Choosing the Best Patio Lighting


Summer is upon us. What this means is that more and more people will be spending more time outdoors. At the pool, grilling some food outdoors, or just hanging out on the patio with some friends talking. Whatever your plans are this summer, appropriate lighting for your patio can make or break a good time with your friends and family. Good lighting makes a walkway easy to navigate after dark, provides safety and security, and creates a welcoming ambiance.

Bright, standard voltage lights, such as an under-eave porch light or a post light, add strong illumination to repel intruders or allow you to walk without tripping, however, they are too glaring for entertaining. The best lights for most evening activities are Low-voltage lights. A combination of both types of lights would be ideal.


Path lights usually have shades that produce a wide, downward spread of light.

Lantern-type lights both illuminate paths and provide general lighting.

Spotlights or floodlights can be swiveled to point at a feature or an area of the yard.

“Brick lights” are shaped to resemble a patio paver and are actually installed in the soil, where they point diffused light upward.

Rope lights are strings of tiny, evenly spaced bulbs that can be hung from a tree like Christmas lights.

Deck lights can be fastened to a vertical structure such as an overhead or a trellis.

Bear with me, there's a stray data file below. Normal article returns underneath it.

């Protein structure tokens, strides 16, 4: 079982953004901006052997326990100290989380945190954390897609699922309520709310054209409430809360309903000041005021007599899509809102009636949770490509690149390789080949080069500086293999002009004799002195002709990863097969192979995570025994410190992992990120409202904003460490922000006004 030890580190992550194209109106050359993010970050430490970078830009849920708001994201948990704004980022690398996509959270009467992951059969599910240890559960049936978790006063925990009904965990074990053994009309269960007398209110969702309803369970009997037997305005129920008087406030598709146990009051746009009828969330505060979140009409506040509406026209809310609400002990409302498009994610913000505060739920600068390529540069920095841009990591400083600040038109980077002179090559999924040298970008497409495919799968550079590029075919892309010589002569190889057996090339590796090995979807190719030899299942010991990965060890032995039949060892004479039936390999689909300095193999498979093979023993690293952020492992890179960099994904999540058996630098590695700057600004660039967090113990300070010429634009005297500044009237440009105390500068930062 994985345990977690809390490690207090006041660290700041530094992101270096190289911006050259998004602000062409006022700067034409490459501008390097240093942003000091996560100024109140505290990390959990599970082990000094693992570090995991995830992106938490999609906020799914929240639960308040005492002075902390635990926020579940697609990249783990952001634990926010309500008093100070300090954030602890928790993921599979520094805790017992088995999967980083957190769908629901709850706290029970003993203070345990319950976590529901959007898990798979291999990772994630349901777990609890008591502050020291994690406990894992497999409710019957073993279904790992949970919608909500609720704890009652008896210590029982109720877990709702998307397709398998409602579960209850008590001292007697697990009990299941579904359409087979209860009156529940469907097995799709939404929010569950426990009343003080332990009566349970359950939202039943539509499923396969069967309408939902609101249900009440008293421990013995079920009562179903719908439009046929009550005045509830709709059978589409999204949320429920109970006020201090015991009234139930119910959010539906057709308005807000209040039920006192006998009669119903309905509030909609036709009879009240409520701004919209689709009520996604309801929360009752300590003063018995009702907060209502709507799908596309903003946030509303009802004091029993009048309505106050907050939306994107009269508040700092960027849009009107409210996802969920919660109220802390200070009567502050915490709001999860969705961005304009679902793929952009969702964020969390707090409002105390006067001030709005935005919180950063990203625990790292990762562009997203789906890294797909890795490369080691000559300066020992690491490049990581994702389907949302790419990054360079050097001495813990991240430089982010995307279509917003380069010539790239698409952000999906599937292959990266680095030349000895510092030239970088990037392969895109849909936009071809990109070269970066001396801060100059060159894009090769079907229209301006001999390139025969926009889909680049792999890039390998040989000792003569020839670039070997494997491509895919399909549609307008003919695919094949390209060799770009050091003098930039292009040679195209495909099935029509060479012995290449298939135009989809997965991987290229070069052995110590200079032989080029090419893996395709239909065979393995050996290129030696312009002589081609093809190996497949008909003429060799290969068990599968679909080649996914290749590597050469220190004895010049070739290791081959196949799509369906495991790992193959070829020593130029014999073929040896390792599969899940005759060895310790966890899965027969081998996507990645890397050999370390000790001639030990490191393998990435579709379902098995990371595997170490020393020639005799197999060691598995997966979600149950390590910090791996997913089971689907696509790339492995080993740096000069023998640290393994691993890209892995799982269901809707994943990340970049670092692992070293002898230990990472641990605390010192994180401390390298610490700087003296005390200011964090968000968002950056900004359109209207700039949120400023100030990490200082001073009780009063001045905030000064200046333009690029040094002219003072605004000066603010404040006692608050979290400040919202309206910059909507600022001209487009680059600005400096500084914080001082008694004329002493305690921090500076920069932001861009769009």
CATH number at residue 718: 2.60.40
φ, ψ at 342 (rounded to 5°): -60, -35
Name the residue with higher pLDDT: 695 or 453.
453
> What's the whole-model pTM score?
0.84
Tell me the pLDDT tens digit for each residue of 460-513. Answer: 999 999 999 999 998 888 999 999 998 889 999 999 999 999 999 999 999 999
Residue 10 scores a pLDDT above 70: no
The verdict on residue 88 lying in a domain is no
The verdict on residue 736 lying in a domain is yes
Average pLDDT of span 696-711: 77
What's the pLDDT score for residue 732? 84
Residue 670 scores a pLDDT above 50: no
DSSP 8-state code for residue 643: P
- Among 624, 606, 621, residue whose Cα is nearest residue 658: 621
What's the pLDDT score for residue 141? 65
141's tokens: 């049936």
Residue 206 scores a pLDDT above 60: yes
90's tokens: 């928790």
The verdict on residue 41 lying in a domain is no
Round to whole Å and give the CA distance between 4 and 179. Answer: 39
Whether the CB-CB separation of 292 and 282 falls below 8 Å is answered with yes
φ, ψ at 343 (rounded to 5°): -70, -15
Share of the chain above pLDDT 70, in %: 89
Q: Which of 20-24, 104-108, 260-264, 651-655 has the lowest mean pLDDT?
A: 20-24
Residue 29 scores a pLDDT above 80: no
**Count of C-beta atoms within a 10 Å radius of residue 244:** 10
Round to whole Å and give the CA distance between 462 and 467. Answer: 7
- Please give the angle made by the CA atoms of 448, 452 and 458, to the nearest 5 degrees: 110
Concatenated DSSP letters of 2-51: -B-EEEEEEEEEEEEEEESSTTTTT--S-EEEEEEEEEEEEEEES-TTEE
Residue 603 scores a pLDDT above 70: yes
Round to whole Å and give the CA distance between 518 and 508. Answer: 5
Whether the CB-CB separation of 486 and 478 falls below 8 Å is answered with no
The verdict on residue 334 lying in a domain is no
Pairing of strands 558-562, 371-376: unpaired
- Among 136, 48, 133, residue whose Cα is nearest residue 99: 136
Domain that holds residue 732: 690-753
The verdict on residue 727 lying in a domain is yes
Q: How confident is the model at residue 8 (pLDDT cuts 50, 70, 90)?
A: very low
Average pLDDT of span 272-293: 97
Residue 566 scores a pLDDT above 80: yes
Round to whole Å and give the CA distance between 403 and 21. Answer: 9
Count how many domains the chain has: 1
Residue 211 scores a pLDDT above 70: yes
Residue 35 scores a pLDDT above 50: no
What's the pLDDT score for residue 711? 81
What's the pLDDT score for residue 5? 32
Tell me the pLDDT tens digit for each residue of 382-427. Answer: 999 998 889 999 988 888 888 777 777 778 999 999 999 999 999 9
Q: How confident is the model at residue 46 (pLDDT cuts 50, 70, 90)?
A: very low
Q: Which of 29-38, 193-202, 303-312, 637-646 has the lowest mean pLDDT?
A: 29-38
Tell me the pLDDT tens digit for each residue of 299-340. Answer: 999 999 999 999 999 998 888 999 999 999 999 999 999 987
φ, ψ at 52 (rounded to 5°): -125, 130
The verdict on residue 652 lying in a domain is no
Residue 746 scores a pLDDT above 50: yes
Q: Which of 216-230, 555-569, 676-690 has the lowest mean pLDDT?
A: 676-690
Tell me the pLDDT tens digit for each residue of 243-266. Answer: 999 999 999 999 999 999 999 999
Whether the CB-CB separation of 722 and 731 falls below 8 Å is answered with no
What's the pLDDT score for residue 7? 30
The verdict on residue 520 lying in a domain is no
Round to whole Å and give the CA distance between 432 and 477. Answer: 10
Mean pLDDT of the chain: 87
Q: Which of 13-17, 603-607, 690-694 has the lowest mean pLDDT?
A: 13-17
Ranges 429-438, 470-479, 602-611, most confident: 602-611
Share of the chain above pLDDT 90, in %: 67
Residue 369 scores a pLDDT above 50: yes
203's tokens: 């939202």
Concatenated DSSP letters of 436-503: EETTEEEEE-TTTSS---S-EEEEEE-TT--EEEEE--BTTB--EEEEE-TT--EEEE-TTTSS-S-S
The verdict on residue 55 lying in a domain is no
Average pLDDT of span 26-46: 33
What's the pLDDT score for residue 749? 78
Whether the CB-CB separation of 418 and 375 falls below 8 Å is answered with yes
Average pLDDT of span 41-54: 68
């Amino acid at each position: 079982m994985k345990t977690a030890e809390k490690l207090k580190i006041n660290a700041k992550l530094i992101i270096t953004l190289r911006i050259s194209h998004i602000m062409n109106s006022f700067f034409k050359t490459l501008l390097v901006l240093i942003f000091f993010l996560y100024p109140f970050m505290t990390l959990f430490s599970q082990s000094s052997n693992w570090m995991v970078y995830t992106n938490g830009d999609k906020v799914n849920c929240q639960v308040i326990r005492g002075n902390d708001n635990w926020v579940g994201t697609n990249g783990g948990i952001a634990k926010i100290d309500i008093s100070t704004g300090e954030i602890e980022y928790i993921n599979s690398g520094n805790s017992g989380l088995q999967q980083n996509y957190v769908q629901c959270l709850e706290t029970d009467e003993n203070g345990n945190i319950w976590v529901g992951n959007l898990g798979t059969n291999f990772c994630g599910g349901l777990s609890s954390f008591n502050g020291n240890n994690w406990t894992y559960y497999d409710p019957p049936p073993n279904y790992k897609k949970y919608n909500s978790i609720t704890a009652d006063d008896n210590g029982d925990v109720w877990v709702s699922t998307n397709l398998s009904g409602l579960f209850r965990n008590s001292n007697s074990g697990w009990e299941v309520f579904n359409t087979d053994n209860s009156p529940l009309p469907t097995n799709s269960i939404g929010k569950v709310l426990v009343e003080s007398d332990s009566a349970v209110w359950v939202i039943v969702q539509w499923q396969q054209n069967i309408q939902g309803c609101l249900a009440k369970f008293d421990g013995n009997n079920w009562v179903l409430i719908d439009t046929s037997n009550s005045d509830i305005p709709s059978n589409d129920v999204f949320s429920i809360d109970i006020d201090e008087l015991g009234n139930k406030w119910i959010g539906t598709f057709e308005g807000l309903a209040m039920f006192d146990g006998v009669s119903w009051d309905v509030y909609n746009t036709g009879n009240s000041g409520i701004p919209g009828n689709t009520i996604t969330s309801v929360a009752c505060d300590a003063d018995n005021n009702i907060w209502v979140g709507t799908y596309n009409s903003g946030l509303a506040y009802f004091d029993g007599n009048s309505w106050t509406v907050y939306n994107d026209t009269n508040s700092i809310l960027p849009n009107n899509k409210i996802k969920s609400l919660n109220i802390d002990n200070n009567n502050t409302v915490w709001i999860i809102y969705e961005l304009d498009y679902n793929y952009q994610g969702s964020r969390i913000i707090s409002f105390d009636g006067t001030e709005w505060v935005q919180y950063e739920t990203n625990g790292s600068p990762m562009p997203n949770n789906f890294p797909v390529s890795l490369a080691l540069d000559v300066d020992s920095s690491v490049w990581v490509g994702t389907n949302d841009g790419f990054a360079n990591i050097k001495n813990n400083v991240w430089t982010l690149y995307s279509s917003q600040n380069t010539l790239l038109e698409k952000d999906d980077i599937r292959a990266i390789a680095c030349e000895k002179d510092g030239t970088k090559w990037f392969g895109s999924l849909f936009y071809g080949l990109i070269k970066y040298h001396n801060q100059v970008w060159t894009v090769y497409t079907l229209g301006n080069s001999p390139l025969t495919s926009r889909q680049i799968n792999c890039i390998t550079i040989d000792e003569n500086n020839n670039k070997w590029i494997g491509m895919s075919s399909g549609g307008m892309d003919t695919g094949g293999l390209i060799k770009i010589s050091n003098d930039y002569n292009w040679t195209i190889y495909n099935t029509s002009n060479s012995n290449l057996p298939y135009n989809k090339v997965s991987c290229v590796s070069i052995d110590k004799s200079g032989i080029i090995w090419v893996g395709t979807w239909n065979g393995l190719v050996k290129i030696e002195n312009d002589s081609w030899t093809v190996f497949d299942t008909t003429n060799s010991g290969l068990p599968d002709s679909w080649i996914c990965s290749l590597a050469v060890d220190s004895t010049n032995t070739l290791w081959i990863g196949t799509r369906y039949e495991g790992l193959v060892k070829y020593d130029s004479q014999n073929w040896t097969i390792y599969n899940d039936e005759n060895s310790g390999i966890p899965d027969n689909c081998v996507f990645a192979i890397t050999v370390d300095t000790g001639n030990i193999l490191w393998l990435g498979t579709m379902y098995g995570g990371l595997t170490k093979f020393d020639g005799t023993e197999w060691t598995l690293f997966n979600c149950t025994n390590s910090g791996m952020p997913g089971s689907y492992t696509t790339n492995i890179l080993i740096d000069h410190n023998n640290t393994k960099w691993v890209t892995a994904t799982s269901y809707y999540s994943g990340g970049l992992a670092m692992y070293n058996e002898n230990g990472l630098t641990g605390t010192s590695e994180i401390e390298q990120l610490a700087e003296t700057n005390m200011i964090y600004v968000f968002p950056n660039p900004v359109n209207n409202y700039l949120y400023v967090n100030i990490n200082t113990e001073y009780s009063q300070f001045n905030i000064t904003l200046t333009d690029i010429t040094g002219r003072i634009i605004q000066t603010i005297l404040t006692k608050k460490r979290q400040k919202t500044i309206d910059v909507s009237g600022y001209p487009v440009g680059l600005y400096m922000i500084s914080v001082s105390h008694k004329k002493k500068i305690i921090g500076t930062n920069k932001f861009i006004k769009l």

Position lights so that they will provide illumination without shining into people’s eyes. Often, this means placing low-voltage lights lower than 2 feet above the ground and standard-voltage lights higher than 7 feet.

You can also place lights behind a barrier or use fixtures that provide shielded or diffused light. Most yards benefit from a combination of two or three types. Depending on what you’d like to do with your home there are many different options.

  • Silhouetting
    • To emphasize the shape of a tree, shrub, or bed of flowers, try aiming a spotlight or floodlight at a fence or wall from close behind the plant.
  • Spread Lighting
    • Use short downward-spreading lights not only to light up a path but to light up shrubbery or flowers. Try different colored bulbs for decorative effects.
  • Downlighting
    • Use lights that point downward to gently light up a patio or walkway, or to accent trees and shrubs,


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